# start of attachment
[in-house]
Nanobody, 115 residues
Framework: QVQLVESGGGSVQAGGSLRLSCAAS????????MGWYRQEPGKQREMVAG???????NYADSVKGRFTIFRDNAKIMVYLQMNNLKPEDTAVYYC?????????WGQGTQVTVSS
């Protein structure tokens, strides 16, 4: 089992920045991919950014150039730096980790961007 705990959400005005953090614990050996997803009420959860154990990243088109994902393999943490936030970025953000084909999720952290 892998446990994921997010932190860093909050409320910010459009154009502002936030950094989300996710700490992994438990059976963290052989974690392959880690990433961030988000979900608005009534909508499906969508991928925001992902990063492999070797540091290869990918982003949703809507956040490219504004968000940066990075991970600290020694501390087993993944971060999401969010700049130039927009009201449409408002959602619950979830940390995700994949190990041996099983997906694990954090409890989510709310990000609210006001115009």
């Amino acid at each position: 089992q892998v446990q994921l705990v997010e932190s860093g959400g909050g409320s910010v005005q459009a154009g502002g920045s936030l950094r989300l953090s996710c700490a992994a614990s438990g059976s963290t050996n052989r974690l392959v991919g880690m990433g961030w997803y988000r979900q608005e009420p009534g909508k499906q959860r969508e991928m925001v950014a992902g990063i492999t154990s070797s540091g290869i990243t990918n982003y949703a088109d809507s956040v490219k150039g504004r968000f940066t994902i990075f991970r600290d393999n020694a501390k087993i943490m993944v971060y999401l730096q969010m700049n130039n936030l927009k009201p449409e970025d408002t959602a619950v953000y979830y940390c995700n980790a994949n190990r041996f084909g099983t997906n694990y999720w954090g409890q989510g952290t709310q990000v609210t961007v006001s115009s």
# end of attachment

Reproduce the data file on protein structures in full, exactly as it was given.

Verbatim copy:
[in-house]
Nanobody, 115 residues
Framework: QVQLVESGGGSVQAGGSLRLSCAAS????????MGWYRQEPGKQREMVAG???????NYADSVKGRFTIFRDNAKIMVYLQMNNLKPEDTAVYYC?????????WGQGTQVTVSS
């Protein structure tokens, strides 16, 4: 089992920045991919950014150039730096980790961007 705990959400005005953090614990050996997803009420959860154990990243088109994902393999943490936030970025953000084909999720952290 892998446990994921997010932190860093909050409320910010459009154009502002936030950094989300996710700490992994438990059976963290052989974690392959880690990433961030988000979900608005009534909508499906969508991928925001992902990063492999070797540091290869990918982003949703809507956040490219504004968000940066990075991970600290020694501390087993993944971060999401969010700049130039927009009201449409408002959602619950979830940390995700994949190990041996099983997906694990954090409890989510709310990000609210006001115009």
């Amino acid at each position: 089992q892998v446990q994921l705990v997010e932190s860093g959400g909050g409320s910010v005005q459009a154009g502002g920045s936030l950094r989300l953090s996710c700490a992994a614990s438990g059976s963290t050996n052989r974690l392959v991919g880690m990433g961030w997803y988000r979900q608005e009420p009534g909508k499906q959860r969508e991928m925001v950014a992902g990063i492999t154990s070797s540091g290869i990243t990918n982003y949703a088109d809507s956040v490219k150039g504004r968000f940066t994902i990075f991970r600290d393999n020694a501390k087993i943490m993944v971060y999401l730096q969010m700049n130039n936030l927009k009201p449409e970025d408002t959602a619950v953000y979830y940390c995700n980790a994949n190990r041996f084909g099983t997906n694990y999720w954090g409890q989510g952290t709310q990000v609210t961007v006001s115009s």